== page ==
Sleep Apnea 101
If you or a loved one snores, it could be more than just annoying; it could be sleep apnea. This is a medical condition that can literally stop people from breathing dozens of times each night. In fact, when combined with other medical conditions, it can even be fatal. Here's what you need to know about sleep apnea and more importantly, your treatment options.
What Causes Sleep Apnea?
There are three different types of sleep apnea. One is obstructive sleep apnea, which is where the muscles of the throat collapse on themselves. Central sleep apnea is where the sleeping brain essentially doesn't "remember" to breathe, something that is normally just reflexive and doesn't require conscious—or unconscious—thought. Complex sleep apnea is when a person has both obstructive and central sleep apnea.
What Are the Symptoms of Sleep Apnea?
In addition to loud snoring and snorting, sleep apnea symptoms include:
- Repeated nighttime waking
- Awakening gasping for air
- Awakening with a sore throat or a dry mouth
- Chronic fatigue
- Daytime inattentiveness
- Daytime drowsiness
- Your partner telling you they suspect you quit breathing while sleeping
Who Is at Risk of Sleep Apnea?
People who are overweight, smoke cigarettes, have chronic sinus issues, are male, are middle-aged or older, use alcohol before bed or take sleeping pills or other sedatives, or have a family history are all factors that increase a person's risk of developing sleep apnea. Having had a stroke or heart disease can also increase the likelihood.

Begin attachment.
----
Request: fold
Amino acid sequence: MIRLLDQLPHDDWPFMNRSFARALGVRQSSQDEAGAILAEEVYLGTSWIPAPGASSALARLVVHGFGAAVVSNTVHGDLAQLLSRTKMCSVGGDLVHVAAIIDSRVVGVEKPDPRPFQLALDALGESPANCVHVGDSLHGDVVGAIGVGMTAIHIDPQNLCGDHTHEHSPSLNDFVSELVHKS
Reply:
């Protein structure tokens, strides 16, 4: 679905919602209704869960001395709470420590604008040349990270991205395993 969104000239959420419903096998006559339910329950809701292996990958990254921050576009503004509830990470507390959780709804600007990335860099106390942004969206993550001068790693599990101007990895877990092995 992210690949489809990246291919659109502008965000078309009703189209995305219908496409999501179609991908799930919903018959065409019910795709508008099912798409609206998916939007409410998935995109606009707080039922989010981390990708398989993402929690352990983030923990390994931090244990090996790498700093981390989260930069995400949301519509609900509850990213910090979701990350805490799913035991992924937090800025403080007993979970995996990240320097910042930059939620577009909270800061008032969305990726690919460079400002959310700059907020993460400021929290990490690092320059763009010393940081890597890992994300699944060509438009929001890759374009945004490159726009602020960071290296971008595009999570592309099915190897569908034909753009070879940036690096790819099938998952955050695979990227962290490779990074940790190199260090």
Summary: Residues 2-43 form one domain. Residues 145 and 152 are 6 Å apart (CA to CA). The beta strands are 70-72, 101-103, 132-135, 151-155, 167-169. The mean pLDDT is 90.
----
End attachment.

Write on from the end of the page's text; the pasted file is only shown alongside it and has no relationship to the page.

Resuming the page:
How Is Sleep Apnea Diagnosed?
If your physician suspects you may have sleep apnea, they will send to a sleep center. This is an overnight stay where you will be hooked up to machines that will monitor things like respiration, heart rate, blood oxygen levels, your brain and lung activity, and limb movement. You will also be physically observed by technicians. The results of these tests are fairly straight-forward in determining if you have sleep apnea and if so, what type.
How Is Sleep Apnea Treated?
It is imperative that if you are found to have this condition, you are treated for it. In addition to the symptoms it causes, sleep apnea can also play a role in the development of adult-onset diabetes, heart problems, and liver problems. Additionally, partners may refuse to sleep with the person with sleep apnea or will become irritable from their chronic sleep deprivation due to the snoring. Obviously, this can result in relationship troubles.
Depending on the type of sleep apnea, the severity, and any associated complications, your physician may recommend any of the following sleep apnea treatments.
- Changes in your lifestyle, such as losing weight or quitting drinking alcohol
- Seeing an ear, nose, and throat specialist
Your doctor may also recommend that you use a continuous positive airway pressure device (CPAP). This is a machine that requires you wear a face mask each night. It works by elevating the pressure of the air you are breathing, which forces the breathing passages to stay open.